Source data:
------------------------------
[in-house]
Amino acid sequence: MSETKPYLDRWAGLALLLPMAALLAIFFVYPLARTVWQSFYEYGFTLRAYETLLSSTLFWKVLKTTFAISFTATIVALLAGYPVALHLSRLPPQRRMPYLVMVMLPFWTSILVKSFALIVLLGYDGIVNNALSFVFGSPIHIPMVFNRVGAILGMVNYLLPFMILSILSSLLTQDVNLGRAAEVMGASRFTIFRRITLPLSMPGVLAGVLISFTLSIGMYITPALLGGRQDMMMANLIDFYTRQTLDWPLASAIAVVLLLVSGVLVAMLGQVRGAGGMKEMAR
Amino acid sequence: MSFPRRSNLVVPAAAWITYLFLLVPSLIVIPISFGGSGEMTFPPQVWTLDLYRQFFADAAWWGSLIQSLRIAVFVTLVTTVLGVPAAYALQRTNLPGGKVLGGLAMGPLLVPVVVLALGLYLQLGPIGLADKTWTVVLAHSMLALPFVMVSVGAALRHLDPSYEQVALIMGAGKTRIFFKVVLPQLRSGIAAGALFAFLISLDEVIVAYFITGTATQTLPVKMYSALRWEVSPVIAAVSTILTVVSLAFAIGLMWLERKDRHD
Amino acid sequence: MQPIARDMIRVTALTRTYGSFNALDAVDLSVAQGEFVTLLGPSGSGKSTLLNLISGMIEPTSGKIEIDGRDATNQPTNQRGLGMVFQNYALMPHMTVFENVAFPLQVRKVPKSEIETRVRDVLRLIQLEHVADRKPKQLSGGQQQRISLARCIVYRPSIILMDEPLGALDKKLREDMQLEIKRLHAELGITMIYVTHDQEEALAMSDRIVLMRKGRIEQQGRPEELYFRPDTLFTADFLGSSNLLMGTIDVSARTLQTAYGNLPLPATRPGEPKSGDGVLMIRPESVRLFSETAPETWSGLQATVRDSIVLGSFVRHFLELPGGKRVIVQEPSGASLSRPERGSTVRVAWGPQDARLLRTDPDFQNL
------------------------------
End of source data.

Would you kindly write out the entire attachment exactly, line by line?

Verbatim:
[in-house]
Amino acid sequence: MSETKPYLDRWAGLALLLPMAALLAIFFVYPLARTVWQSFYEYGFTLRAYETLLSSTLFWKVLKTTFAISFTATIVALLAGYPVALHLSRLPPQRRMPYLVMVMLPFWTSILVKSFALIVLLGYDGIVNNALSFVFGSPIHIPMVFNRVGAILGMVNYLLPFMILSILSSLLTQDVNLGRAAEVMGASRFTIFRRITLPLSMPGVLAGVLISFTLSIGMYITPALLGGRQDMMMANLIDFYTRQTLDWPLASAIAVVLLLVSGVLVAMLGQVRGAGGMKEMAR
Amino acid sequence: MSFPRRSNLVVPAAAWITYLFLLVPSLIVIPISFGGSGEMTFPPQVWTLDLYRQFFADAAWWGSLIQSLRIAVFVTLVTTVLGVPAAYALQRTNLPGGKVLGGLAMGPLLVPVVVLALGLYLQLGPIGLADKTWTVVLAHSMLALPFVMVSVGAALRHLDPSYEQVALIMGAGKTRIFFKVVLPQLRSGIAAGALFAFLISLDEVIVAYFITGTATQTLPVKMYSALRWEVSPVIAAVSTILTVVSLAFAIGLMWLERKDRHD
Amino acid sequence: MQPIARDMIRVTALTRTYGSFNALDAVDLSVAQGEFVTLLGPSGSGKSTLLNLISGMIEPTSGKIEIDGRDATNQPTNQRGLGMVFQNYALMPHMTVFENVAFPLQVRKVPKSEIETRVRDVLRLIQLEHVADRKPKQLSGGQQQRISLARCIVYRPSIILMDEPLGALDKKLREDMQLEIKRLHAELGITMIYVTHDQEEALAMSDRIVLMRKGRIEQQGRPEELYFRPDTLFTADFLGSSNLLMGTIDVSARTLQTAYGNLPLPATRPGEPKSGDGVLMIRPESVRLFSETAPETWSGLQATVRDSIVLGSFVRHFLELPGGKRVIVQEPSGASLSRPERGSTVRVAWGPQDARLLRTDPDFQNL